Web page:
Impact of Plant-Based Diets on Biological Aging

There were clear differences between healthy and unhealthy plant-based foods.


Healthy and unhealthy foodsHealthy and unhealthy foods

In new research published in BMC Medicine, the authors recruited a large cohort of participants in order to assess how plant-based foods affect aging trajectories [1].

Benefits of plant-based diets

Previous research has shown that consumption of plant-based foods is associated with healthy aging [2,3]. It can also help to decrease the risk of mortality [4], prevent the development of chronic diseases [5,6], and improve neurological health, such as by lowering the risk of dementia [7] and cognitive impairment [8].

This new study aimed to determine the influence of a plant-based diet on the aging trajectory of the middle-aged Asian population. Researchers recruited over 10,000 people 50 years and older in Taiwan. Participants provided health data four times during the eight years after enrollment, underwent physical examinations, and filled out relevant questionnaires.

Researchers aimed to go beyond a single assessment of biological age. Instead, they performed repeated measures of biomarkers over the years, which allowed for the creation of aging trajectories.

Building aging trajectories

These researchers used their obtained data to measure aging in multiple dimensions. They also calculated multi-dimensional aging acceleration, which compares of their multi-dimensional aging metric to chronological age. To analyze trajectories, both multi-dimensional aging and its acceleration derivative were calculated four times at different time points.


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During the analysis, researchers identified three aging trajectories. People in the slowly aging group had biological ages that were generally lower than their chronological age across four measurements. Compared to the slow-aging trajectory group, the medium group had a 1.56-fold higher risk of all-cause mortality. For the rapidly aging group, the risk was 3.72-fold higher. Associations slightly decreased when researchers adjusted for education, marital status, and health behaviors.

Beneficial and harmful plant-based foods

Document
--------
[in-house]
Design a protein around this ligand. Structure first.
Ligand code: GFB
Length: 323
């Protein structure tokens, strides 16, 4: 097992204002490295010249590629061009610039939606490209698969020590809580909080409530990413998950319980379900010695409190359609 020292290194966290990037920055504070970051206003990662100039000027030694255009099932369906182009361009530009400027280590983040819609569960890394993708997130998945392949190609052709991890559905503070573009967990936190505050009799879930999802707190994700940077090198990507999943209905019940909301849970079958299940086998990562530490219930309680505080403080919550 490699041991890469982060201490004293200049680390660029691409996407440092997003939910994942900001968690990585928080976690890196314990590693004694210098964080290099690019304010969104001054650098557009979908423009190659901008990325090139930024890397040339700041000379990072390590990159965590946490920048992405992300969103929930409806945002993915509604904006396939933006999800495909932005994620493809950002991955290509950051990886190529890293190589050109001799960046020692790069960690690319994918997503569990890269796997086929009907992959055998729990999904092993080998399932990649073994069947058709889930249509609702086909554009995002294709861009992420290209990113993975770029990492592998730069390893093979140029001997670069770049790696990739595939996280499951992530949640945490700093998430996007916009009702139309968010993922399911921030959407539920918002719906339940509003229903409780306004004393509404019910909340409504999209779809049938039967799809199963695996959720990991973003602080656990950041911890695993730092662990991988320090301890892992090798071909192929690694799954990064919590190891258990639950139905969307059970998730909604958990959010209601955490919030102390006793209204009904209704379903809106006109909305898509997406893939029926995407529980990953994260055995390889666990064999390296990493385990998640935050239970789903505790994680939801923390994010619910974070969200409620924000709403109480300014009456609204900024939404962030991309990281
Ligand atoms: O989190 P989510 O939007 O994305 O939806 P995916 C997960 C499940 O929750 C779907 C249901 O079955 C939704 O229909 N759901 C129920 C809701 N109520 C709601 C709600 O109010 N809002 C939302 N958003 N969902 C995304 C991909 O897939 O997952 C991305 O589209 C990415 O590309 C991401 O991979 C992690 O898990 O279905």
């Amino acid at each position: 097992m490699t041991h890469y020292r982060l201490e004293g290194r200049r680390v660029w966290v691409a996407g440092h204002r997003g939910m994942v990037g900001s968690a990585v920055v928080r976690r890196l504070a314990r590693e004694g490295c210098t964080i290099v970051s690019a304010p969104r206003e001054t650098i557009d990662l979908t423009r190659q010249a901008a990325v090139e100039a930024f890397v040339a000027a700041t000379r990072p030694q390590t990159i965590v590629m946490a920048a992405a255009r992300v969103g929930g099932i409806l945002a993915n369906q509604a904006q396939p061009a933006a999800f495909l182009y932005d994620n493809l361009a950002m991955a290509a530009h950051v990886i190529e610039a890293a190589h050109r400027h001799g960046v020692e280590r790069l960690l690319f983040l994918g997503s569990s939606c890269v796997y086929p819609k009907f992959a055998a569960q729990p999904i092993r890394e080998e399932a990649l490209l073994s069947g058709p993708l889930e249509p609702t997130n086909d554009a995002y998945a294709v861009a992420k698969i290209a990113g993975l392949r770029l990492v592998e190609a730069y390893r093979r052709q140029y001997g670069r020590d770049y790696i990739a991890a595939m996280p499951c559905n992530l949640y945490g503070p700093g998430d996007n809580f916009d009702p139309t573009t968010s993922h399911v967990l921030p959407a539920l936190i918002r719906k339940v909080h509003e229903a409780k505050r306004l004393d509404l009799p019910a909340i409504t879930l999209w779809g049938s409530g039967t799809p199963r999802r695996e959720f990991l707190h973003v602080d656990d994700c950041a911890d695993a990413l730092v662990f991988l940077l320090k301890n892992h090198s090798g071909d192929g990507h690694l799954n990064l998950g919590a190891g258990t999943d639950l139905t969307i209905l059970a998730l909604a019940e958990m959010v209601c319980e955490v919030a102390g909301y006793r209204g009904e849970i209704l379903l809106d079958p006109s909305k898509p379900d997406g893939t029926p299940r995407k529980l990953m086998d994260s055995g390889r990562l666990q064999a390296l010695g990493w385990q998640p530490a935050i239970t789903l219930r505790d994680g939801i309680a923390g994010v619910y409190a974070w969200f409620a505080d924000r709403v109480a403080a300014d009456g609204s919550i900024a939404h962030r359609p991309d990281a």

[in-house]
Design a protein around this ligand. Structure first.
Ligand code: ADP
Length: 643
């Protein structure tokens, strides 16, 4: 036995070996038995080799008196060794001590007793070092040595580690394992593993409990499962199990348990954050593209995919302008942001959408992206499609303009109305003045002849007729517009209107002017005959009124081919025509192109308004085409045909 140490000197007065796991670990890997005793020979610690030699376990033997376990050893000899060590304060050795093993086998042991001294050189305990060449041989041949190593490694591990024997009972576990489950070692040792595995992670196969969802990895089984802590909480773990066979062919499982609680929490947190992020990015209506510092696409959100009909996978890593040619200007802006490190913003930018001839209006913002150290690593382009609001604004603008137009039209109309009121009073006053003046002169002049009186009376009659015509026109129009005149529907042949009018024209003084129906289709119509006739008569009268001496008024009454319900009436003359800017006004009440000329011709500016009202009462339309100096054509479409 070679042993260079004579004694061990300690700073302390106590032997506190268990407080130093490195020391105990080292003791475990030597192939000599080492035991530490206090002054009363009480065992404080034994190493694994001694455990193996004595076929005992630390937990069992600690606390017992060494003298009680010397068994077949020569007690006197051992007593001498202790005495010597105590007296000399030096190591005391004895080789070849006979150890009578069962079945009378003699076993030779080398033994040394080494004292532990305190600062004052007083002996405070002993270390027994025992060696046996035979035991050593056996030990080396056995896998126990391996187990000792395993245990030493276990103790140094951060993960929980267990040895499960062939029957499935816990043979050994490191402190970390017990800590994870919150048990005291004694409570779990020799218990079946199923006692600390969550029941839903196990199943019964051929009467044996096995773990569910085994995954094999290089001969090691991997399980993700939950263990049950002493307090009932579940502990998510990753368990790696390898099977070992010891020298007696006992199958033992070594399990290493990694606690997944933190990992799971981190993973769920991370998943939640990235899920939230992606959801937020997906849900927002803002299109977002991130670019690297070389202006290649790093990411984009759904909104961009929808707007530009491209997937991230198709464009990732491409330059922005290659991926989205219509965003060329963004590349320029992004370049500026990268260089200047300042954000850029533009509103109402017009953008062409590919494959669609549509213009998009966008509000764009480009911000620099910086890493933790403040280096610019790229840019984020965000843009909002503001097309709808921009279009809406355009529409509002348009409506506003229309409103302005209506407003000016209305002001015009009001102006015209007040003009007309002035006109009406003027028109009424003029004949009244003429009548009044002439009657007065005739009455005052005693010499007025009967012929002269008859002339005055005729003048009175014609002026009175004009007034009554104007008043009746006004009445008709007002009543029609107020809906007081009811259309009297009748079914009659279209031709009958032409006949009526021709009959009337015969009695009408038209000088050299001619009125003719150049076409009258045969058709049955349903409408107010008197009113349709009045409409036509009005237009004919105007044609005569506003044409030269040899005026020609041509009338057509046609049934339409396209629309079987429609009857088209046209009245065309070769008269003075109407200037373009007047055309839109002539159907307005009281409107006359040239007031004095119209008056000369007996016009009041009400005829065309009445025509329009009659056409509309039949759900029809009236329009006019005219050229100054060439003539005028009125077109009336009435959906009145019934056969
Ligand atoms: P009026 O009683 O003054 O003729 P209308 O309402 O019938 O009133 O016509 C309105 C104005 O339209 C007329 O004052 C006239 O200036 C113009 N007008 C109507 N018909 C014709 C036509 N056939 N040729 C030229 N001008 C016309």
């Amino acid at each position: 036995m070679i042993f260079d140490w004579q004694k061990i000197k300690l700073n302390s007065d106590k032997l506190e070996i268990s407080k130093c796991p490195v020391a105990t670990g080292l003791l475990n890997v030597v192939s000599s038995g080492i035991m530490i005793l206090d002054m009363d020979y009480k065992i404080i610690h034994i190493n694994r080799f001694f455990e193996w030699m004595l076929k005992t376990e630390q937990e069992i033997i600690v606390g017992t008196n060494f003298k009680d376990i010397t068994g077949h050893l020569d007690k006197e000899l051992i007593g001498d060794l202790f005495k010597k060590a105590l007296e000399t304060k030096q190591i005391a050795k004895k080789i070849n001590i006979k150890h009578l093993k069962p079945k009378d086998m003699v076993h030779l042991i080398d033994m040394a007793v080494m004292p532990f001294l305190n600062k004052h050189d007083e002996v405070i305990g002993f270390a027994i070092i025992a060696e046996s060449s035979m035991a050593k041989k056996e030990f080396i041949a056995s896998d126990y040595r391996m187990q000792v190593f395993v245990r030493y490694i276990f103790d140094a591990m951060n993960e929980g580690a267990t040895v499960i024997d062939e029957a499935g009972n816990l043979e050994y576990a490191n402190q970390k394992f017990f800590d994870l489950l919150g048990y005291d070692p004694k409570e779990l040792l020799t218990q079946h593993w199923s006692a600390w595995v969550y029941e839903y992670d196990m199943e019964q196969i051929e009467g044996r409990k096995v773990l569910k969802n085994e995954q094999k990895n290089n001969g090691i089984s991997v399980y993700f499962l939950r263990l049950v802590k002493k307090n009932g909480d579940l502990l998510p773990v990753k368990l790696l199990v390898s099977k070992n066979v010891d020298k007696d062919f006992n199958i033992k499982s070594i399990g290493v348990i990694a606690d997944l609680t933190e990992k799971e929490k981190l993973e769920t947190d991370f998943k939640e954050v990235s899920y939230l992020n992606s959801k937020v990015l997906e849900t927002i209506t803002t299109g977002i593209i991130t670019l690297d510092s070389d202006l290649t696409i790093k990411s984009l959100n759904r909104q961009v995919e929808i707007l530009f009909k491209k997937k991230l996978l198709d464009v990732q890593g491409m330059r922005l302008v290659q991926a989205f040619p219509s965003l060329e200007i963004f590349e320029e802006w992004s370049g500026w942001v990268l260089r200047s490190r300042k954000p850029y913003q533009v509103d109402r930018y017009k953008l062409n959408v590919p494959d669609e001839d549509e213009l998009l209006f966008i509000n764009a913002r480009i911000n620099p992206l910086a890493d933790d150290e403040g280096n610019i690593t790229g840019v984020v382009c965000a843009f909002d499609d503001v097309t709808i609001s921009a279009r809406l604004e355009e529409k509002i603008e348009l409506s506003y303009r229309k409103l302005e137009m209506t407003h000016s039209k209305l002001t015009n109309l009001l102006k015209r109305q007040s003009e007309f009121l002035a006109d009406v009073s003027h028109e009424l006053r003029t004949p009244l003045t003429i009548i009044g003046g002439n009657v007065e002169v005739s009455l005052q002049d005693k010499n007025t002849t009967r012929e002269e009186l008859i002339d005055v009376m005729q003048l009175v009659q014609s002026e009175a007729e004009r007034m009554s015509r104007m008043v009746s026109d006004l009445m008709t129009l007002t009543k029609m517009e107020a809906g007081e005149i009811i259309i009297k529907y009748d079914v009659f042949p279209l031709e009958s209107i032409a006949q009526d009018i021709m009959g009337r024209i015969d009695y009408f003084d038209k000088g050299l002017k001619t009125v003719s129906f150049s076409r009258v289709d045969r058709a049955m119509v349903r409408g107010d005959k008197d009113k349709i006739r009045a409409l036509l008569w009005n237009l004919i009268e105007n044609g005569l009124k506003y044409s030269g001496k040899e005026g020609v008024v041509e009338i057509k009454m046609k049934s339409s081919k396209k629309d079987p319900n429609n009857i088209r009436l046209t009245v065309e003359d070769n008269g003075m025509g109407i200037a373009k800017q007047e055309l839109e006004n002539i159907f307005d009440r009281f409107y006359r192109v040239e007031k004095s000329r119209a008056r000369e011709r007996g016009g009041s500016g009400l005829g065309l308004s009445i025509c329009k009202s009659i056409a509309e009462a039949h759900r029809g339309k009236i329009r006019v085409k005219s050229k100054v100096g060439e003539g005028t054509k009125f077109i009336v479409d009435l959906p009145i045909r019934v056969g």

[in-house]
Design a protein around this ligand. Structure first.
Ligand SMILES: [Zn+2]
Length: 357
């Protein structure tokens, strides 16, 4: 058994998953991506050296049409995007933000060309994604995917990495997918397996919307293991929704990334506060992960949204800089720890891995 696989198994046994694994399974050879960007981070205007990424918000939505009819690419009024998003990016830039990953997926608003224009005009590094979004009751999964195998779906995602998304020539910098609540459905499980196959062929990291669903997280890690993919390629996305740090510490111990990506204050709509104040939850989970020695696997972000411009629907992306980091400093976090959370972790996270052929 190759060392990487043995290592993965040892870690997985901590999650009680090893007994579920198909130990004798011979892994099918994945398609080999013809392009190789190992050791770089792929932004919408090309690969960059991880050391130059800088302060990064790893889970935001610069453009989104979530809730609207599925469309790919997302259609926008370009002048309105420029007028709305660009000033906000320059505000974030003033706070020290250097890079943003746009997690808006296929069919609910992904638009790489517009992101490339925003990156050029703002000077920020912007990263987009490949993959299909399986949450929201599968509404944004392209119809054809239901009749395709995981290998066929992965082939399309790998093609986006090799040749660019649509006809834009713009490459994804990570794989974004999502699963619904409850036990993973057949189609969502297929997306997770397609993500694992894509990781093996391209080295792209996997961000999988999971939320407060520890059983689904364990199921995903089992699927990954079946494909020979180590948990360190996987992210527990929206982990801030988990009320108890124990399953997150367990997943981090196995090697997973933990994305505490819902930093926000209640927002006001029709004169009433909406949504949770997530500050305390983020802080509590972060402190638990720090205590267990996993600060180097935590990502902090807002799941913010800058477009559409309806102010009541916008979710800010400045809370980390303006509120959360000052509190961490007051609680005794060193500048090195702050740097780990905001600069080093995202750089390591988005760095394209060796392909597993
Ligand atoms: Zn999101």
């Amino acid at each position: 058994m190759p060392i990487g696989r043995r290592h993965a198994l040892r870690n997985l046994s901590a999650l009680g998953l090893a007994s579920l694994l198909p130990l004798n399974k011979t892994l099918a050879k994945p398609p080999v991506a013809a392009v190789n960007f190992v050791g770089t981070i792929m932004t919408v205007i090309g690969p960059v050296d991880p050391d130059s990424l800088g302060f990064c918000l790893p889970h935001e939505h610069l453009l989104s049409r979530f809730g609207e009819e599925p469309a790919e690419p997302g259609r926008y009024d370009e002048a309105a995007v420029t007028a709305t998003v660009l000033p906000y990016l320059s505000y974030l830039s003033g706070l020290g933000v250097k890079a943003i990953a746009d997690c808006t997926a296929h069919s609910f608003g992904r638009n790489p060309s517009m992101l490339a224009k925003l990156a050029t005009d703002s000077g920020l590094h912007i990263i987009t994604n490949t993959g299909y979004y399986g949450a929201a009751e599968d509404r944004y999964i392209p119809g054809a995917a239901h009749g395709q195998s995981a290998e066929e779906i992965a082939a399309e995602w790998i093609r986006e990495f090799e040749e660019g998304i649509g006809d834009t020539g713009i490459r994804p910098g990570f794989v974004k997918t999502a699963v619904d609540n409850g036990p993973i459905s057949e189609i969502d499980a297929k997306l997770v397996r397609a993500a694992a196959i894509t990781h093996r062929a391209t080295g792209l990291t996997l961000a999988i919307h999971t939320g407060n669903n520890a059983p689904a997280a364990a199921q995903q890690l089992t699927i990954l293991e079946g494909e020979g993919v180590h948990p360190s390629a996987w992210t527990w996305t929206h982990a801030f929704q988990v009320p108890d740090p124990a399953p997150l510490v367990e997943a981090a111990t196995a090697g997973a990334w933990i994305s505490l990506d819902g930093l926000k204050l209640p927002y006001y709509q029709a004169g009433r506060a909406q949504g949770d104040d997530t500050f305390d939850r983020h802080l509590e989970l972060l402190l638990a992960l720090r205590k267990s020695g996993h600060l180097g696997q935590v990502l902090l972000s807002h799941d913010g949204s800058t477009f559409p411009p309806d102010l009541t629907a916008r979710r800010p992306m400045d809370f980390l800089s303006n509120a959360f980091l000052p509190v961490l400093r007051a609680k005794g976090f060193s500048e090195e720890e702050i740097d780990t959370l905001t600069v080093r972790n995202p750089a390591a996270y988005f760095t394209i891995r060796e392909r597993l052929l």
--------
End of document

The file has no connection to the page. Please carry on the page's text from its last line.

Not all plant-based foods are beneficial. Therefore, the authors created a plant-based diet index, a healthy plant-based diet index, and an unhealthy plant-based diet index. These categories distinguish between plant-based foods that are beneficial or harmful to aging and health in the long term.

Healthy plant foods include whole grains, fruits, vegetables, rhizomes, and legumes. Less healthy plant foods included sugar, refined grains, and salt-preserved vegetables.

The researchers divided participants into five groups (quintiles) based on the overall plant-based diet index. Compared to the participants from the lowest quintile, participants in the highest quintile were 25% less likely to be in the medium group and 37% less likely to in the rapidly aging group. Researchers also observed that the unhealthy plant-based diet index was reduced in the slowly aging group, while the healthy plant-based diet index was increased in this group.

Then, the researchers divided the participants into five groups, this time based on their healthy plant-based diet index and unhealthy plant-based diet index. People in the highest healthy plant-based diet index quintile were 27% less likely to be in the medium aging group and 38% less likely to belong to the rapidly aging group. On the other hand, people in the highest unhealthy plant-based diet index quintile were 72% more likely to be in the medium group and 70% more likely to belong to the rapidly aging group.